The common question: “Do whitetail deer fight each other?” can be difficult to answer. Although deer are mainly social animals prior to the rut, disputes between bucks tend to increase as breeding season progresses. If you see aggressive bucks near a food source, it is likely that a rut is underway, and the bucks are trying to attract receptive does.
During rut season, bucks begin sparring in order to establish their hierarchy. This type of sparring is different from actual fighting. In sparring, dominant bucks stare at other bucks to hold their position. This is a form of intimidation, but it will not always work. A better approach would be to curl up into a ball and grab onto the deer’s legs or antlers.
Although fights between deer can last up to an hour, most fights only last one to five minutes. Longer fights are usually caused by the antlers becoming stuck together. Typically, a buck will only fight with another buck if he can get it to the ground.
During their fights, deer sustain a variety of injuries. Common injuries include punctures made by the antlers and an eye that becomes blind. This causes the deer to lose its ability to see at night. Deer also suffer from leg and foot injuries. Injuries to these parts of the body can lead to severe debilitation.
While deer may appear to be violent towards humans, they are not naturally aggressive. In their natural habitat, deer are likely to flee or hide if they see a human. However, they can become aggressive if they feel threatened or feared. Their mating season is the most common time when deer fight, though the majority of fatalities are caused by automobile accidents.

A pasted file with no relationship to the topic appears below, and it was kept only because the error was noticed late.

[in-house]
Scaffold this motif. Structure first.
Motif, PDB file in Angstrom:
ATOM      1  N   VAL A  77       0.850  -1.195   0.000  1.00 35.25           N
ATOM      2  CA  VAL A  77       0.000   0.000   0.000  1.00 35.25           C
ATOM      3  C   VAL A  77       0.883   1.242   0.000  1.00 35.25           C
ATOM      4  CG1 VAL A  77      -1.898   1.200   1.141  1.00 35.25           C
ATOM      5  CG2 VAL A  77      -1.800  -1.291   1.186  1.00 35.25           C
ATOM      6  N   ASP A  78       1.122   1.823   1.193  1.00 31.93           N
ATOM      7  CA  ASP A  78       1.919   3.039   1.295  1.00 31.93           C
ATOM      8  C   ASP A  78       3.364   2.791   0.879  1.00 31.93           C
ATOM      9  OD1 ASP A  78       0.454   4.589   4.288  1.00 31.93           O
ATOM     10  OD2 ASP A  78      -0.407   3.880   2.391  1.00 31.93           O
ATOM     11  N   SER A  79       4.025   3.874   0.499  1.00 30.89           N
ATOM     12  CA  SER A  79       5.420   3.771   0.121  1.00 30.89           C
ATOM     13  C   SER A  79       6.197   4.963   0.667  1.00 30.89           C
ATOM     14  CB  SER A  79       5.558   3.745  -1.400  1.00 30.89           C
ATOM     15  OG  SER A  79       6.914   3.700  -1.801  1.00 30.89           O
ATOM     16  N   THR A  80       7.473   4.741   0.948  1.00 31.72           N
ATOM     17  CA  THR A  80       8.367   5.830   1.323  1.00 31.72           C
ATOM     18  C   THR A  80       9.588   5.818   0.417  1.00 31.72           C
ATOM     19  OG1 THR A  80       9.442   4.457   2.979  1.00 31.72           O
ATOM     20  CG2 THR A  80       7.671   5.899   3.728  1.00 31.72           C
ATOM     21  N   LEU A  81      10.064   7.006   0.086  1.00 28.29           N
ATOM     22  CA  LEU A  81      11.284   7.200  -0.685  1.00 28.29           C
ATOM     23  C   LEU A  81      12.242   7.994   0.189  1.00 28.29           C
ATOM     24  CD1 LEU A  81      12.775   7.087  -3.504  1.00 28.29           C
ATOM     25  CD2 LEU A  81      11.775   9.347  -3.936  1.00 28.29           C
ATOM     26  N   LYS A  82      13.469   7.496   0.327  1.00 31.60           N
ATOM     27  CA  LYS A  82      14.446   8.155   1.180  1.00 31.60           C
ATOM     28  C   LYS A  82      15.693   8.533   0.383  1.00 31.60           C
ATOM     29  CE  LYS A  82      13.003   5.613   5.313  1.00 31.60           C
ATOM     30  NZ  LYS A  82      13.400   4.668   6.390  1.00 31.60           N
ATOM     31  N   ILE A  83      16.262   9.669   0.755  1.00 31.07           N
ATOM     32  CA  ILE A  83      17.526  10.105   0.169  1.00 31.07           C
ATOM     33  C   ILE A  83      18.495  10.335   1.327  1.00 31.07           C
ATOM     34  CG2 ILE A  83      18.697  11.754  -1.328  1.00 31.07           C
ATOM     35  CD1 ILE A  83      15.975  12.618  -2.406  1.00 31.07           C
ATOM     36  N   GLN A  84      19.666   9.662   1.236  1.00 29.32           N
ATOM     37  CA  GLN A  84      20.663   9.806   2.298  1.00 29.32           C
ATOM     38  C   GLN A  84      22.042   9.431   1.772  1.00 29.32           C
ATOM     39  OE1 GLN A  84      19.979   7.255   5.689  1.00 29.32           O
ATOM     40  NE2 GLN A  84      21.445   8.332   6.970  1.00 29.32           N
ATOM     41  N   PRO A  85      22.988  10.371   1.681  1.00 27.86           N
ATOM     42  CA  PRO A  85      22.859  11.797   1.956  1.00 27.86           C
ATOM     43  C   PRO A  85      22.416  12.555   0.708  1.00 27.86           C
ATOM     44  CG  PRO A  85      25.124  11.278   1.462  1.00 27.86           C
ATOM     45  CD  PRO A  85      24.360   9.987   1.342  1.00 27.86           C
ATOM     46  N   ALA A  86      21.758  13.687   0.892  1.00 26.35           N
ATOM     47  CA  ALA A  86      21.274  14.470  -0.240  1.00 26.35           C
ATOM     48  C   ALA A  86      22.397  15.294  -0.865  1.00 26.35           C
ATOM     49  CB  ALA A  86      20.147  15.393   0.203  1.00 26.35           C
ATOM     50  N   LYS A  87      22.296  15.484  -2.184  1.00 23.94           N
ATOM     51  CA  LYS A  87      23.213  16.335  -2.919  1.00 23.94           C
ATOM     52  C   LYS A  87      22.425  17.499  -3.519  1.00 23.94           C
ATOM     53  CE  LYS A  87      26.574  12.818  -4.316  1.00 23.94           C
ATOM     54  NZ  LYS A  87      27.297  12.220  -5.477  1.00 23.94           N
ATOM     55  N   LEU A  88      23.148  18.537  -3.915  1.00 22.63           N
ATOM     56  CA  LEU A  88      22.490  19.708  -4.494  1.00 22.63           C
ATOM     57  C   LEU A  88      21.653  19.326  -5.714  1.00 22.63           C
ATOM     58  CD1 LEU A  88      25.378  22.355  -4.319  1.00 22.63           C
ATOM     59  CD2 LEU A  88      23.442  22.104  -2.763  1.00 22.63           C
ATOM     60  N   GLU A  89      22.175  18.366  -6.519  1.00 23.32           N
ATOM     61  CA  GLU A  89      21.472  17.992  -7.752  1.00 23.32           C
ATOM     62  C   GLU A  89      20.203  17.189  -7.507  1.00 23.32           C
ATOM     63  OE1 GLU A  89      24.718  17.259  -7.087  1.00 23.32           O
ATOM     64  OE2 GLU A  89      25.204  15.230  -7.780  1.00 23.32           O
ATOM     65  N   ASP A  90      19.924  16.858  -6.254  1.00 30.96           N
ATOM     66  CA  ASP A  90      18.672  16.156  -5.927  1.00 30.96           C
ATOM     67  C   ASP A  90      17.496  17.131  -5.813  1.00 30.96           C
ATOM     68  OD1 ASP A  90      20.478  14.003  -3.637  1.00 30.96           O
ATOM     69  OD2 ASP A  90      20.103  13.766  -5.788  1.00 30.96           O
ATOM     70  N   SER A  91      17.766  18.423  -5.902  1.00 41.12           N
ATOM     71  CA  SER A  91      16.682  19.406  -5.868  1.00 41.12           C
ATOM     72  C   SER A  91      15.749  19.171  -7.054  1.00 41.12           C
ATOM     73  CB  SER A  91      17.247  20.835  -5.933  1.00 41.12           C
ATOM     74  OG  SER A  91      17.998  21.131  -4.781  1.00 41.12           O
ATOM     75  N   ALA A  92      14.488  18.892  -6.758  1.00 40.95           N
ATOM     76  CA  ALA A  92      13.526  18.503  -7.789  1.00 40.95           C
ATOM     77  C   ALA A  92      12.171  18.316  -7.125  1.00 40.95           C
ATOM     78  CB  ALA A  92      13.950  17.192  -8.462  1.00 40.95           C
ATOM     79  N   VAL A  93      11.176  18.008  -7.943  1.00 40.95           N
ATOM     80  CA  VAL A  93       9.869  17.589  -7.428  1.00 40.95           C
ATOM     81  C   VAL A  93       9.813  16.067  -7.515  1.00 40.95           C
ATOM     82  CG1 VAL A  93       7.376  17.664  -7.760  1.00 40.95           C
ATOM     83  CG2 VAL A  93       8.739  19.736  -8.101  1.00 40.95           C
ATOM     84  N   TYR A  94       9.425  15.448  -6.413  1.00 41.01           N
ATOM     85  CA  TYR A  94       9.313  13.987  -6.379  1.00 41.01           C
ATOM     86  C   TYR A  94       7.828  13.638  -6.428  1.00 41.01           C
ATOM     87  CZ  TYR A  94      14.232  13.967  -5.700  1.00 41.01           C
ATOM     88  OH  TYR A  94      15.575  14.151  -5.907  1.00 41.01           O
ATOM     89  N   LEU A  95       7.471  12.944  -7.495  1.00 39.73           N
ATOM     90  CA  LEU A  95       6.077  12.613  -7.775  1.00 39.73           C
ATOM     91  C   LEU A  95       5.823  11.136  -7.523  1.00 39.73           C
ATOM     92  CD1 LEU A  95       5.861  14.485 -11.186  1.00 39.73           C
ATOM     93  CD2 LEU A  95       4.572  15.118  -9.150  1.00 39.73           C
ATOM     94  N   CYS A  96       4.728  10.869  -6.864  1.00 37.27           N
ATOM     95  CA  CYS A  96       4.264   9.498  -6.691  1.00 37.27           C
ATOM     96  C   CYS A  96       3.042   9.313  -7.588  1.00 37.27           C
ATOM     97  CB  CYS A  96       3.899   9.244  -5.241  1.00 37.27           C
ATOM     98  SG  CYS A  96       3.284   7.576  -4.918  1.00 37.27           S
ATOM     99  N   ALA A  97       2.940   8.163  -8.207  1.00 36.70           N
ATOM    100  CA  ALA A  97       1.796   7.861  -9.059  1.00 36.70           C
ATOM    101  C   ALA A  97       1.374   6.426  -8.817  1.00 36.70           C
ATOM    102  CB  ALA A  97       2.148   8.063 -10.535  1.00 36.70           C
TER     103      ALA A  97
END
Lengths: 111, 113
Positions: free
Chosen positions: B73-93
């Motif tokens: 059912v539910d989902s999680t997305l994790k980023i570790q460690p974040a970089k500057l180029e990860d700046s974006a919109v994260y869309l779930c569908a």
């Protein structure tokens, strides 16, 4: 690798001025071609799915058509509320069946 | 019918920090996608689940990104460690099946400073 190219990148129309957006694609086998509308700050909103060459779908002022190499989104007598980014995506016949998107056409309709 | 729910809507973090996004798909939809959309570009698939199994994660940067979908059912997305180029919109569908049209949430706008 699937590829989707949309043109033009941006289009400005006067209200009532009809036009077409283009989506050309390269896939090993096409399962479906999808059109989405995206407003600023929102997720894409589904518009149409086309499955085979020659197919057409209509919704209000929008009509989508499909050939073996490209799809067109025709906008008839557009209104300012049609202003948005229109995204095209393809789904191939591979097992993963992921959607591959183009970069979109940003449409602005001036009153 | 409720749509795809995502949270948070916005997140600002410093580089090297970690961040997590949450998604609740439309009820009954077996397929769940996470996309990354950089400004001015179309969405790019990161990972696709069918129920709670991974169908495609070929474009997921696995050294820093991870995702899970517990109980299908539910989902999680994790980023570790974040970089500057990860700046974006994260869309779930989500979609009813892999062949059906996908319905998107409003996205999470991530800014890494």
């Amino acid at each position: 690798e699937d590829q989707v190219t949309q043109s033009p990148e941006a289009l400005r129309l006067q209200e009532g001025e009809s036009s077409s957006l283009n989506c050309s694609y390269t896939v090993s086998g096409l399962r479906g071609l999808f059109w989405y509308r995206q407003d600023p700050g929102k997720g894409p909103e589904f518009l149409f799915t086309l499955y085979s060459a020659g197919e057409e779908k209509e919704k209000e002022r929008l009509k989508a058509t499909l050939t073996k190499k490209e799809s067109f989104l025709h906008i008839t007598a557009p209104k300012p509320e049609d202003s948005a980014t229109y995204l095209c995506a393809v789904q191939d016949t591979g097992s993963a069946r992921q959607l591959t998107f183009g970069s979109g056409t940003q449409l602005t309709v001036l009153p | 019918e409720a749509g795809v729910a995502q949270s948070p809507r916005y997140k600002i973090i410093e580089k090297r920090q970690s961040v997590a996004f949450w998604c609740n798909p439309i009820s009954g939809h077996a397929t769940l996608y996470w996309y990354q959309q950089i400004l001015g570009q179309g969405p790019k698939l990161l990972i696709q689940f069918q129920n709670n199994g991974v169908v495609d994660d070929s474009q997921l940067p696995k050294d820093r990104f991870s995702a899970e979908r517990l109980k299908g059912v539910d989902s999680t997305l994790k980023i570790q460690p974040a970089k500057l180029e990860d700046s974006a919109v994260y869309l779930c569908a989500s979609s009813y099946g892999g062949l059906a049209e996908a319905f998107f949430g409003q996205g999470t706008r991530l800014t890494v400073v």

Identifying the father of a fawn is not an easy task, but some local factors can help reduce the chances of error. For example, the buck’s body language and behavior can be a good indicator of the father of the fawn.
While deer do not intentionally fight each other, injuries sustained during a fight can cause death within minutes. The wounds may also become infected. In addition, fighting bucks usually die together, and their heads are often torn off by the other buck. However, in some cases, one buck may tear off the head of a dead buck to avoid a fight.
In the fall, whitetail bucks are at their most majestic and start putting down signs to attract the does. These signs are not only a means of attracting the buck, but also a means for the females to find their mate. Whitetail bucks are not shy and will even rub on the ground and trees to leave a scent.
Occasionally, a doe may try to dominate another female. This is not a typical scenario. This is often the result of territorial overlap and an increase in population size. This can lead to aggression, resulting in broken ribs and punctured lungs.